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I am developing an HTML page with many textfields like userid and username, I have added a javascript code like this in separate .js file

function CommonKeyPressIsAlpha(evt){
    var charCode = (evt.which) ? evt.which : event.keyCode
    if ((charCode > 64 && charCode < 91) || (charCode > 96 && charCode < 123)){
        document.getElementById("errordisp").innerHTML = "";
        return true;
        document.getElementById("errordisp").innerHTML = "Please enter a valid name!";
        return false;

Whenever user types in username text field, I am calling this function to validate that user types only characters. I am calling this function in username text fields:

onkeypress="return CommonKeyPressIsAlpha(evt);"

It works fine in chrome but not in firefox and in IE, Whats the problem?

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Please be aware of the differences between Java and JavaScript! They are not the same! –  WarrenFaith May 19 '11 at 12:06
Make sure you run your Javascript through JSLINT and validate your markup. –  Chris Francis May 19 '11 at 12:09

3 Answers 3

up vote 3 down vote accepted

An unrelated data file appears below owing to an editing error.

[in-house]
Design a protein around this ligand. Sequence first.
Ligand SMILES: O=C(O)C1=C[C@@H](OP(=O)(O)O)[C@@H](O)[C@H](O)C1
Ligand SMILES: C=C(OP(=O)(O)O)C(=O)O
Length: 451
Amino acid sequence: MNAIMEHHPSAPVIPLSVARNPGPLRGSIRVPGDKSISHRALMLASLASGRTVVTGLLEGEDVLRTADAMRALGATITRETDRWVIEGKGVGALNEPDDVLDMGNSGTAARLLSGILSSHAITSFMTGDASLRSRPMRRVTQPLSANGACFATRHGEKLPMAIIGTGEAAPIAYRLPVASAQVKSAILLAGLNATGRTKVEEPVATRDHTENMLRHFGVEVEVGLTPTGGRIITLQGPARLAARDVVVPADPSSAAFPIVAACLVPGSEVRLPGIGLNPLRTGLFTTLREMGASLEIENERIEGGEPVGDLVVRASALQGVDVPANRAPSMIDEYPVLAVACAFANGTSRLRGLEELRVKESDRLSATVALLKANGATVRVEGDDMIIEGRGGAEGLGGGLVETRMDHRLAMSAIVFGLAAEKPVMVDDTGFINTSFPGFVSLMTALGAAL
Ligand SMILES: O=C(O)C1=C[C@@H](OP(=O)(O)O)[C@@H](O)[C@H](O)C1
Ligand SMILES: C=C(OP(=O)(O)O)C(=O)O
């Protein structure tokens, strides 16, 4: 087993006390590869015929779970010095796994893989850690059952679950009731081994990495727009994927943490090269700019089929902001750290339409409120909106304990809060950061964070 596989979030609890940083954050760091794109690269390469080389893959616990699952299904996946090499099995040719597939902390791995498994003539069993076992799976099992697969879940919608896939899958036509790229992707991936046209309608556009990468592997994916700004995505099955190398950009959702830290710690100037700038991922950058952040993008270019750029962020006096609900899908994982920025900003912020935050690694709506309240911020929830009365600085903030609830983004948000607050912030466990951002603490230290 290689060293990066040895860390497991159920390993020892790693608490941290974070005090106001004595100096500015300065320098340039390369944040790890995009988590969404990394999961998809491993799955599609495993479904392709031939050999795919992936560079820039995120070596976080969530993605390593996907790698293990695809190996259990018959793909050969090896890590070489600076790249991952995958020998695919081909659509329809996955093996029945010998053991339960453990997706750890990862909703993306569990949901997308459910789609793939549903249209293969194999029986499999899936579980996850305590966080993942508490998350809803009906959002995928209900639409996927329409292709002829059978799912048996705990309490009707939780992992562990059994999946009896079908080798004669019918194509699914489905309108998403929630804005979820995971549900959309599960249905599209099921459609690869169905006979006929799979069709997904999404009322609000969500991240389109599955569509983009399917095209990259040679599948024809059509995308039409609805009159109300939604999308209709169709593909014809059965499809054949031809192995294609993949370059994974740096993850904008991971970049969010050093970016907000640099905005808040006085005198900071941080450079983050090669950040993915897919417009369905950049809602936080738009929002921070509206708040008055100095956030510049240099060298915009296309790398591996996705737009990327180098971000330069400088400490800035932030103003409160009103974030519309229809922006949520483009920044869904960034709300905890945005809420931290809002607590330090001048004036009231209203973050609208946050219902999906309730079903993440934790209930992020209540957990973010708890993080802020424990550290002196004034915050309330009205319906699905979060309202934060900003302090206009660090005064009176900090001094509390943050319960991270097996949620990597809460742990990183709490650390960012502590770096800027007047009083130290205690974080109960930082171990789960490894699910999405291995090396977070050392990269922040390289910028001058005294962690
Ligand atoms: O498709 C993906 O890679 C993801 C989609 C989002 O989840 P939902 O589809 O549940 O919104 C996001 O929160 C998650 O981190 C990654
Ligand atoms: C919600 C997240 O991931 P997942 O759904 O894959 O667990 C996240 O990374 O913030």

You need to pass event into the handler in your onkeypress attribute:

onkeypress="return CommonKeyPressIsAlpha(event);"

This works in all major browsers but relies on using event rather than evt in the attribute. I've written about the details of how this works on SO before.

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Thanks a lot... –  Muthu Raj Jul 20 '11 at 5:29

Your code is relying on a Chrome bug where the anonymous function compiled for an inline event handler (onkeypress in your case) has its one argument named evt in Chrome. The spec calls for that argument to be named event. See http://code.google.com/p/chromium/issues/detail?id=80912

The solution is to use onkeypress="return CommonKeyPressIsAlpha(event);"

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Your function is pretty bulky. Use onkeyoress="return CommonKeyPressIsAlpha(event)" (mind: event) and try:

function CommonKeyPressIsAlpha(e){
  e = e || event;
  var matched = (/[a-z]/i).test (String.fromCharCode(e.keyCode || e.which))
  document.getElementById('report').innerHTML = 
         matched ? "" : "Valid input: 'a-z' and/or 'A-Z'"
  return matched;

see this jsfiddle

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or return /[a-z]/i.test(chr). Aside from being shorter, test will give better performance than match. Your code appears to ignore the validation message the OP outputs to the DOM, though. –  Andy E May 19 '11 at 12:37
@Andy: yep, and it returns a neat true/false too. Modified code and jsfiddle accordingly. –  KooiInc May 19 '11 at 12:43

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